For Easter, 2018 Convergence celebrated by feasting with our friends and neighbors. During Lent, we focused on the practices of fasting and chose to explore “feasting” on all that is good for Easter. This banquet feast was our way of celebrating hope through an act of beauty with neighbors, arts partners, and friends. The service was created with our guests in mind and the idea that our meal, prayer and company would make visible the joy and love of Christ in a tangible way. We spent significant time and energy preparing a meal of sumptuous homemade dishes, luscious fresh bread and cheese, good wine and gorgeous desserts. Our invitation read: “Let’s enjoy life and friendship together in a relaxed and celebratory environment!” The Convergence Congregation served as table hosts and over half of those in attendance were acquaintances, neighbors and arts partners.
A significant component of this event was the food. Everything was homemade and extra attention was paid to tasted and presentation, even going so far as to be decadent. The table, food and atmosphere was meant to serve as a metaphor for the love of God; for the heavenly banquet feast. This meant we could not use anything that would be termed “disposable.” It also meant extra time doing dishes after the event was over but because it impacted the overall sense of what we were trying to say we felt these details were important.
In preparation, the congregation participated in an online retreat as a complement to our weekly Lenten services and all were asked to fast the week before in order that the feast would feel that much more poignant. Our goal was for neighbors, friends and acquaintances in attendance to feel aware of the why of Easter without the formal setting of a typical Easter service. They were meant to feel as if they were honored guests invited to share in our family meal.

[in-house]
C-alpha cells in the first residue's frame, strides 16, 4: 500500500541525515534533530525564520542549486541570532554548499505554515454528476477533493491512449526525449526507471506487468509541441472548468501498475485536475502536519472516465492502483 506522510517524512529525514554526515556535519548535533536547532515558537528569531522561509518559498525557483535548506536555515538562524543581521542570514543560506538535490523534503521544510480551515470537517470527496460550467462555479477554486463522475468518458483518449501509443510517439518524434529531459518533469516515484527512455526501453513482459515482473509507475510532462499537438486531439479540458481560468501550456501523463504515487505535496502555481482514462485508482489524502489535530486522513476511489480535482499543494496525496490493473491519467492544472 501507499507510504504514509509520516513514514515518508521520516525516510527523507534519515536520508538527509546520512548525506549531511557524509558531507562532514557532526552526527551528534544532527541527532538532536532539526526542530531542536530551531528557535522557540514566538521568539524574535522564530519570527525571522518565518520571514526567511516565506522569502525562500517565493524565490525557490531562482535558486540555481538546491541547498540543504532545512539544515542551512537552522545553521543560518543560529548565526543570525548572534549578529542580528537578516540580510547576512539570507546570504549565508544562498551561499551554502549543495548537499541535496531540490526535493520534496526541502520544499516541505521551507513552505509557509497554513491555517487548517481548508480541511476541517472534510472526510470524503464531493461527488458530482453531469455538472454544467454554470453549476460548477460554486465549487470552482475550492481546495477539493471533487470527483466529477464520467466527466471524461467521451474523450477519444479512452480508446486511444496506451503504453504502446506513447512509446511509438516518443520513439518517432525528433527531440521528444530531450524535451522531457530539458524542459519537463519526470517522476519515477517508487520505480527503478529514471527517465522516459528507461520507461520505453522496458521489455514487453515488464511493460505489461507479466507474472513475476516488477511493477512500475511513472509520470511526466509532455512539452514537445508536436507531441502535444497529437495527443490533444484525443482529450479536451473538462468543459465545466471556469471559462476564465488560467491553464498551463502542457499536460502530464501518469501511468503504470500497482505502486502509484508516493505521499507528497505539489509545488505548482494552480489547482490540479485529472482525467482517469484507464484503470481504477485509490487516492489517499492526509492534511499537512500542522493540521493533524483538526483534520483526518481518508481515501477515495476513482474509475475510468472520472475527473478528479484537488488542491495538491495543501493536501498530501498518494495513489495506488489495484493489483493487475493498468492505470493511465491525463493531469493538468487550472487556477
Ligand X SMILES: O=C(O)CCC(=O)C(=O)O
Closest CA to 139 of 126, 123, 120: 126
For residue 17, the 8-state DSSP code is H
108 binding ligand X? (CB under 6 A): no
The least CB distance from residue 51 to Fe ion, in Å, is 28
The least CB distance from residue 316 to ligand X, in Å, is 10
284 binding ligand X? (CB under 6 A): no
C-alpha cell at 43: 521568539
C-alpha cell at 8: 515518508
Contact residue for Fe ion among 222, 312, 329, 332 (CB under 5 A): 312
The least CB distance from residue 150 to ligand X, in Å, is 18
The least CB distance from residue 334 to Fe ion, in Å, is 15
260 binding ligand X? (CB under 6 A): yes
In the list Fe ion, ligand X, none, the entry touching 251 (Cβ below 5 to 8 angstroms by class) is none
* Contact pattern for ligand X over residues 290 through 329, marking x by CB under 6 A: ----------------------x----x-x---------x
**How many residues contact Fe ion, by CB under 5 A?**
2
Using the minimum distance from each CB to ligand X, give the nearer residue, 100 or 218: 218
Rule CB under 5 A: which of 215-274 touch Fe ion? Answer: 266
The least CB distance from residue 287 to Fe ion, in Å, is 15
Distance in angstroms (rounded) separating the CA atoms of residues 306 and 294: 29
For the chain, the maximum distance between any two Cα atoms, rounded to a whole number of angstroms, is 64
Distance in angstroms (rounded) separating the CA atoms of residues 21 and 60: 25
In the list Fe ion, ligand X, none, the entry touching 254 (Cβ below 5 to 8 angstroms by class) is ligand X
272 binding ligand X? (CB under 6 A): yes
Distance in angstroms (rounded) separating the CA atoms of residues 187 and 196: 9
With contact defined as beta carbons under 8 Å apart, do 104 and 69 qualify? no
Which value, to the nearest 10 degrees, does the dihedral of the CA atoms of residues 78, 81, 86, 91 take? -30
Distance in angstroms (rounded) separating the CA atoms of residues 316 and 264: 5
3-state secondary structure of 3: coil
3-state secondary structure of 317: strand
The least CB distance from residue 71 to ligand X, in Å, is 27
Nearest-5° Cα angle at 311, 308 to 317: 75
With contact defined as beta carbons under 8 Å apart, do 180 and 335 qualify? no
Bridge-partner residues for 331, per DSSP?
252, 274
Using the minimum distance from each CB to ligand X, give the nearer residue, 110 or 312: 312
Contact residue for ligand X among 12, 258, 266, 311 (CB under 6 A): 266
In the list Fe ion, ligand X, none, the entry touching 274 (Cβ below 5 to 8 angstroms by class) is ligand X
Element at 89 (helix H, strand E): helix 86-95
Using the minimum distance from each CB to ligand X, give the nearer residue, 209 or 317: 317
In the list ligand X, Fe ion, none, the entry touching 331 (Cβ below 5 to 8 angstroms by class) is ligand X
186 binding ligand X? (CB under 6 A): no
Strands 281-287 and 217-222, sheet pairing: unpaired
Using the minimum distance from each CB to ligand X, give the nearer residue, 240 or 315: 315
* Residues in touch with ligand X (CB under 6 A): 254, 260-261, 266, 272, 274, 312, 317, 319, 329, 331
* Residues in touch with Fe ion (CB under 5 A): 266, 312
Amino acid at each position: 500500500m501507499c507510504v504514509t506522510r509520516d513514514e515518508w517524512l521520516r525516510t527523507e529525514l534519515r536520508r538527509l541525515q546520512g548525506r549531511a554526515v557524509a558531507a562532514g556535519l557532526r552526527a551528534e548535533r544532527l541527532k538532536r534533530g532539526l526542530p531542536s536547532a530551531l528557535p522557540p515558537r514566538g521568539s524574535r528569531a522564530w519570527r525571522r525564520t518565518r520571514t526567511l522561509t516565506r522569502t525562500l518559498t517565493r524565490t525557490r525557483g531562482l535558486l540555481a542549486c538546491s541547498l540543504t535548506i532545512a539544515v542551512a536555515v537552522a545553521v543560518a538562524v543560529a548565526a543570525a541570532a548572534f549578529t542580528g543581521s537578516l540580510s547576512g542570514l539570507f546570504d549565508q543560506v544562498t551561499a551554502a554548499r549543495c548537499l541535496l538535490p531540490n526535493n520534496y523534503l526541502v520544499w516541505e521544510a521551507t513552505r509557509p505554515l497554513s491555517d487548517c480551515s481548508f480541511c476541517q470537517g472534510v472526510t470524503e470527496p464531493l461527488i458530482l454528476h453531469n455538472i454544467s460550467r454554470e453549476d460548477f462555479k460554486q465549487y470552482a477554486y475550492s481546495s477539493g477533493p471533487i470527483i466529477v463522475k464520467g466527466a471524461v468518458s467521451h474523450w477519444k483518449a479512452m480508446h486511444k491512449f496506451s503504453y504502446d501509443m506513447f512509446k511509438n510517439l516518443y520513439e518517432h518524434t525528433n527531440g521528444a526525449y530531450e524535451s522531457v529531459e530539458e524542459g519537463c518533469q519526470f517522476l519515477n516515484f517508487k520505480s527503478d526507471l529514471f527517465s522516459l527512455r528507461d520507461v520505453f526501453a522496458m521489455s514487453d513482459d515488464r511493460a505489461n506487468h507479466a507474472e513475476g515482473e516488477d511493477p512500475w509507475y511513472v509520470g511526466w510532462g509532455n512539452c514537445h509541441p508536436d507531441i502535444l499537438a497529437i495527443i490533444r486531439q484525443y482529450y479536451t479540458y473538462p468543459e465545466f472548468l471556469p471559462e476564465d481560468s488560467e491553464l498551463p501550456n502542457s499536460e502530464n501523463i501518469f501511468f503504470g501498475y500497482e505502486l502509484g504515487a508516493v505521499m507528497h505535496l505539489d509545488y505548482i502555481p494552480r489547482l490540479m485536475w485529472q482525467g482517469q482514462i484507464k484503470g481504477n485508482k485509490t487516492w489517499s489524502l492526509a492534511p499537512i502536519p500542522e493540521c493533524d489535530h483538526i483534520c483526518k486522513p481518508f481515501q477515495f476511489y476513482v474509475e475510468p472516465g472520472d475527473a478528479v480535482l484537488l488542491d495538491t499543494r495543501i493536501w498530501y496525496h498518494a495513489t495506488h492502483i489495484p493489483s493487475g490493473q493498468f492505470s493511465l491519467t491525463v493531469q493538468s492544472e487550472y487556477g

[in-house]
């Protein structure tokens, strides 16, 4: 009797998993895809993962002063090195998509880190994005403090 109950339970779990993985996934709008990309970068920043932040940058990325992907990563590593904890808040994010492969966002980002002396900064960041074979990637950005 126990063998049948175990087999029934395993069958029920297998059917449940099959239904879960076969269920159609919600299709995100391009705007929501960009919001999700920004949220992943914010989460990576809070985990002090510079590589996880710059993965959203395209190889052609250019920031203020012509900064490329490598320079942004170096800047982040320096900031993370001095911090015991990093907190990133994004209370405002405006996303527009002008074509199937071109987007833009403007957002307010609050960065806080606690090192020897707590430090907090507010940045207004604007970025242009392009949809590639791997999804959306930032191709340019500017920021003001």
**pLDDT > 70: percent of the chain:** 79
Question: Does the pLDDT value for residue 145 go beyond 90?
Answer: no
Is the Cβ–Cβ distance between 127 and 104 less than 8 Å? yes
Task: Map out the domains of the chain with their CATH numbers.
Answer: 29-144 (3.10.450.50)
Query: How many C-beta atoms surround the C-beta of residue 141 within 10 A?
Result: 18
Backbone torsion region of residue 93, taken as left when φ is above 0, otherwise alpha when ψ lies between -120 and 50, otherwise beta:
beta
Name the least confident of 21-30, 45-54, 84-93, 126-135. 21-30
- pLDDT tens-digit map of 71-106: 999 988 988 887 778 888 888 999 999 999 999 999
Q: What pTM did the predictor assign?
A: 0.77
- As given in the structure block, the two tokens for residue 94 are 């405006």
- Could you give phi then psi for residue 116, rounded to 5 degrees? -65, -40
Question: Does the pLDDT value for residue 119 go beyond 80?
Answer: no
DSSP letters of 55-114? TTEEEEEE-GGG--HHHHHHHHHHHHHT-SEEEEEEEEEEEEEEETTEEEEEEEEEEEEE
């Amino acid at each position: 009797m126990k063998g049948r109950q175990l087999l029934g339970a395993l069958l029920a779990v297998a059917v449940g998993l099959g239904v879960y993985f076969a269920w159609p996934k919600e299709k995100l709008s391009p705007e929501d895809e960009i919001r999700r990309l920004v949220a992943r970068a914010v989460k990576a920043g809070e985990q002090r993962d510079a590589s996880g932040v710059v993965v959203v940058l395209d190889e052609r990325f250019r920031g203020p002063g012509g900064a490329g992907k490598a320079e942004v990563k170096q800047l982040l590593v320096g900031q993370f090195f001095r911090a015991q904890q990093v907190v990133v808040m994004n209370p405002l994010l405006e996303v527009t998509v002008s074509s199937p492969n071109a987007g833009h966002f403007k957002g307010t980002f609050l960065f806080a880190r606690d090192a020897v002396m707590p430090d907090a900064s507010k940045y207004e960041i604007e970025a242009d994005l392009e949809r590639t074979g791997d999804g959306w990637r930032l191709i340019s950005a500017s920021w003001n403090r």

Finally, all congregation members were invited to arrive at least a half an hour early to help the team with final preparations of the meal and place setting and to pray for the service. Significantly, we asked one member of our congregation to come early and spend about an hour praying over the space, the tables and those for whom the event was being prepared. We believe these prayer preparations in effect, made the worship service begin long before the guests arrived. It made our “setting the table” ministry an act of worship as well.
The Feast was inspired by Sojourn Theatre Company’s On the Table project. We were intrigued by the idea of bringing strangers together around a well prepared table and common questions. We have tried using a meal as improvised worship in several ways, but this was particularly meaningful as a way to do both outreach and worship for Easter. It allowed us to walk deeply into Easter as a congregation but also allow space for those on the fringe to “check us out.” As a test for our congregation to see how deeply our attention to contemplative practices had soaked in we wondered; “would there be evidence of Christ in our demeanor and “way” and would it be noticeable to those outside of our regular community?”
“Thank you so much for the invitation to the Easter SunSET Feast. The event was the finest example of hospitality I have ever experienced. As a Benedictine oblate, it fully illustrated the call to “welcome all as Christ”… The feast made a deep, positive impression on my grandchildren, who have an expanded understanding of the connection between hospitality through food, creativity and going to church.”— Dana Hengst
- Over half of those in attendance not members of the congregation.
- We received incredible feedback from new attendees about receiving this kind of hospitality from a church.
- We felt we had truly celebrated Easter.
- The experience of studying fasting and feasting and then preparing and participating in an invitational feast has significantly impacted the way our congregation perceives and receives communion. It has enriched this ritual in a way that has made it come alive in a very full and metaphor packed way.
- We solidified our congregational calling to “table ministry” and curating environments, conversations and actions that lead people to life-altering experiences with God.